One of the main goals of the PS2D EU directive which enabled open banking was to create a more competitive landscape in the financial services sector. By developing an environment where traditional banks can securely share data with third parties, the scene was set for startups in all areas of the banking value chain to flourish. Fintech startups and challenger banks are now offering much more streamlined services, as well as innovative products that are changing the way people manage their finances. One big change is the increase in accounts and cards specifically for children and teenagers.
Traditionally banks have offered basic savings accounts for this demographic, but now a whole range of services are available from lots of different providers. By engaging the next generation, banks hope to secure them as future clients and at the same time to educate these individuals on money management at a younger age than has been the norm. As well as having a positive social impact, improving the financial knowhow of this generation means they are more likely to use a wide range of products and services from their bank in the future. For example, traditional bank customers don’t normally have an investment portfolio, something that used to require expertise and significant capital. Open banking has changed this by making investments more accessible to average consumers. The next generation will understand these products even more and be a good target market for them.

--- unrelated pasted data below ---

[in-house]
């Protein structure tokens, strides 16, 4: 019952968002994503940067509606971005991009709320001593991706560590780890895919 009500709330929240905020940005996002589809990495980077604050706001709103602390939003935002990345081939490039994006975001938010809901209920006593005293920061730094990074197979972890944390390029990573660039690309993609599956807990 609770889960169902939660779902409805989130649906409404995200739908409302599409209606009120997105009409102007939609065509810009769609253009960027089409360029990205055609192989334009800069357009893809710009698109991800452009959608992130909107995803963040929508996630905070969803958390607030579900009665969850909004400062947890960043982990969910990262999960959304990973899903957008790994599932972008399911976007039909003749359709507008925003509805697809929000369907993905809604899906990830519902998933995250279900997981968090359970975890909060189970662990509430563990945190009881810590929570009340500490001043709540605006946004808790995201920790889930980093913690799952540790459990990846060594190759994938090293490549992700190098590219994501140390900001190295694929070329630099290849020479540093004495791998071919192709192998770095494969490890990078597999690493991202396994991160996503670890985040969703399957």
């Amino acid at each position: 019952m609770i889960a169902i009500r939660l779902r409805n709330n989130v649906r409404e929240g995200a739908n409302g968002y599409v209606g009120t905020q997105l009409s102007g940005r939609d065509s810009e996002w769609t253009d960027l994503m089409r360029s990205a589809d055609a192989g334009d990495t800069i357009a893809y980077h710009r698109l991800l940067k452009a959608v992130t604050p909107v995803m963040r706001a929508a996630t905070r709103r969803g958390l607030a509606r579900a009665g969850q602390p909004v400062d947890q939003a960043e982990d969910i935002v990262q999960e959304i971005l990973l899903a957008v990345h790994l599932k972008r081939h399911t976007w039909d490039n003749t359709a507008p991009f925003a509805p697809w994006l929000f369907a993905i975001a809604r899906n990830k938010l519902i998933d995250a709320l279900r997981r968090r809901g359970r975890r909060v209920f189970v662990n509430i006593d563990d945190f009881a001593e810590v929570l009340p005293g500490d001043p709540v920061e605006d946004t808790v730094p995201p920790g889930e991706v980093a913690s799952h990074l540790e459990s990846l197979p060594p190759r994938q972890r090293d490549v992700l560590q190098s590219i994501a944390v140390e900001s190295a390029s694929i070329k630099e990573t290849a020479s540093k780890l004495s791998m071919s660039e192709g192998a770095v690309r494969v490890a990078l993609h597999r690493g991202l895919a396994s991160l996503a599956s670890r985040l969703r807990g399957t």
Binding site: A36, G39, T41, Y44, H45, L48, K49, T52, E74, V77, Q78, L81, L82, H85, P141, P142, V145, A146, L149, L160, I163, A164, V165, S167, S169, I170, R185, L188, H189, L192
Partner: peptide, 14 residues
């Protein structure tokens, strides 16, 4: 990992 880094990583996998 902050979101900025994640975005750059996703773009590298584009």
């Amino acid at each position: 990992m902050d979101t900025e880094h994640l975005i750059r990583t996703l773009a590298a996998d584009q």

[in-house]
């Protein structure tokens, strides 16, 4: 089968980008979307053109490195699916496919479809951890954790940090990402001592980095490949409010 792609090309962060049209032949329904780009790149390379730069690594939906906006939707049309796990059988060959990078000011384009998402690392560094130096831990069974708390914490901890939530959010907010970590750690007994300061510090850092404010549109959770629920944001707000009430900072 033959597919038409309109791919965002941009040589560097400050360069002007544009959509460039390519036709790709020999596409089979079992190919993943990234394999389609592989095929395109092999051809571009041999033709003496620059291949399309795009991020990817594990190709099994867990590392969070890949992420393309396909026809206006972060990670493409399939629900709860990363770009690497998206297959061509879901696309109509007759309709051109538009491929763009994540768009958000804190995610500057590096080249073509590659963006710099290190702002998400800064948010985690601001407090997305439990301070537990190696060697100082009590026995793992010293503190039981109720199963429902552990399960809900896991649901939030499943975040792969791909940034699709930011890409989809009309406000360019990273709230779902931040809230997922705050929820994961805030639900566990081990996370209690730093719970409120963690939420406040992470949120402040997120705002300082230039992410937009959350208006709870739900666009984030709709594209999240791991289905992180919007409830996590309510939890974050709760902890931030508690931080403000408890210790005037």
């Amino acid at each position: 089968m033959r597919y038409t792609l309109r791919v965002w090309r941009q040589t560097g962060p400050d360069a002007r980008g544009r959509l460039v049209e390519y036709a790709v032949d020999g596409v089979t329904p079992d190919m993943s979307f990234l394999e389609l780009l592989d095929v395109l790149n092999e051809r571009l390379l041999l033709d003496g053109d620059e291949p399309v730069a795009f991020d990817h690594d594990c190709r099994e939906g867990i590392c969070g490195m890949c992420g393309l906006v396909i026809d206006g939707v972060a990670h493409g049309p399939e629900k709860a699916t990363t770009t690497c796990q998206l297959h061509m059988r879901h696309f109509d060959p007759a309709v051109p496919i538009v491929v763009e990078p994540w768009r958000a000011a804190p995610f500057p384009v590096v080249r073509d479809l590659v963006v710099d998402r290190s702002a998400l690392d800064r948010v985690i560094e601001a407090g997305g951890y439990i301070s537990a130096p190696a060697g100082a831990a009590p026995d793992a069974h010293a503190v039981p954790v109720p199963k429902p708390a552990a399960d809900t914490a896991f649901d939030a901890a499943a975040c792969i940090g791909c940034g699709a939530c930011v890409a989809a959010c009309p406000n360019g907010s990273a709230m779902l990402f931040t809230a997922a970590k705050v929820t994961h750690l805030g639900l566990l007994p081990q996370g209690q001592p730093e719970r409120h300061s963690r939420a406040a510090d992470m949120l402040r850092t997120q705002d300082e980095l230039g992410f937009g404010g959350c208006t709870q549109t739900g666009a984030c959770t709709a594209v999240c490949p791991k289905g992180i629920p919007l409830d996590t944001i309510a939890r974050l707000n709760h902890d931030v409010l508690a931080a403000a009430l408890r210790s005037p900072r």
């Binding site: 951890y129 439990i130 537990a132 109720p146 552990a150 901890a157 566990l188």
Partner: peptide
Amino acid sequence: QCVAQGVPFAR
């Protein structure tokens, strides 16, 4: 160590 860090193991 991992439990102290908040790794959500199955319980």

In the UK, Starlight, Gohenry and Monzo have launched debit cards specifically for children. These are designed so that parents can transfer money to the cards, set limits on spending and monitor purchases, at the same time as educating their children on financial management. There is some debate as to whether banks and fintechs should invest in a demographic that won’t give them returns until many years in the future, but it looks to be a promising strategy. US-based Greenlight goes even further with a feature where parents can list chores linked to pocket money for their children within the app. It also gives parents the option to pay interest on their children’s savings. It will be interesting to see further innovation in this area and also to see how these companies approach the educational aspect, something that will need collaboration with parents.